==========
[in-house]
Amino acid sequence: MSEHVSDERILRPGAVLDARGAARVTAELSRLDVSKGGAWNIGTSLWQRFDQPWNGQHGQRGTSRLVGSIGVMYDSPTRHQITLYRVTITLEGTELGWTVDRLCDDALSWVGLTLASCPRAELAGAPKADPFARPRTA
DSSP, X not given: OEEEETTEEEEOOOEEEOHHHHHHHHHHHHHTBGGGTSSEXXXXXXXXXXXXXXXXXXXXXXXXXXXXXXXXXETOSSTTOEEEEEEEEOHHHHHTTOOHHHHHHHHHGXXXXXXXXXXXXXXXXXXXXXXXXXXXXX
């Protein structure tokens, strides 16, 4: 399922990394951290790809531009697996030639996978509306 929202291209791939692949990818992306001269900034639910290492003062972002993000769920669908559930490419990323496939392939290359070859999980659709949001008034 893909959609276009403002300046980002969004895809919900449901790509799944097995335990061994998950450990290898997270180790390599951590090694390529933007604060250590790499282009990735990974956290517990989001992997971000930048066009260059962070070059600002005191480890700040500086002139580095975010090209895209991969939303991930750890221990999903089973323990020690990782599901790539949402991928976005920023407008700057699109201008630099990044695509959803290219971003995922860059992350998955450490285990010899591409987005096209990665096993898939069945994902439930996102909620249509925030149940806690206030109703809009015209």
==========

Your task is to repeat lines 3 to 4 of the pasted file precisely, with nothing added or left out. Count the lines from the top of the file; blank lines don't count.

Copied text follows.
DSSP, X not given: OEEEETTEEEEOOOEEEOHHHHHHHHHHHHHTBGGGTSSEXXXXXXXXXXXXXXXXXXXXXXXXXXXXXXXXXETOSSTTOEEEEEEEEOHHHHHTTOOHHHHHHHHHGXXXXXXXXXXXXXXXXXXXXXXXXXXXXX
């Protein structure tokens, strides 16, 4: 399922990394951290790809531009697996030639996978509306 929202291209791939692949990818992306001269900034639910290492003062972002993000769920669908559930490419990323496939392939290359070859999980659709949001008034 893909959609276009403002300046980002969004895809919900449901790509799944097995335990061994998950450990290898997270180790390599951590090694390529933007604060250590790499282009990735990974956290517990989001992997971000930048066009260059962070070059600002005191480890700040500086002139580095975010090209895209991969939303991930750890221990999903089973323990020690990782599901790539949402991928976005920023407008700057699109201008630099990044695509959803290219971003995922860059992350998955450490285990010899591409987005096209990665096993898939069945994902439930996102909620249509925030149940806690206030109703809009015209």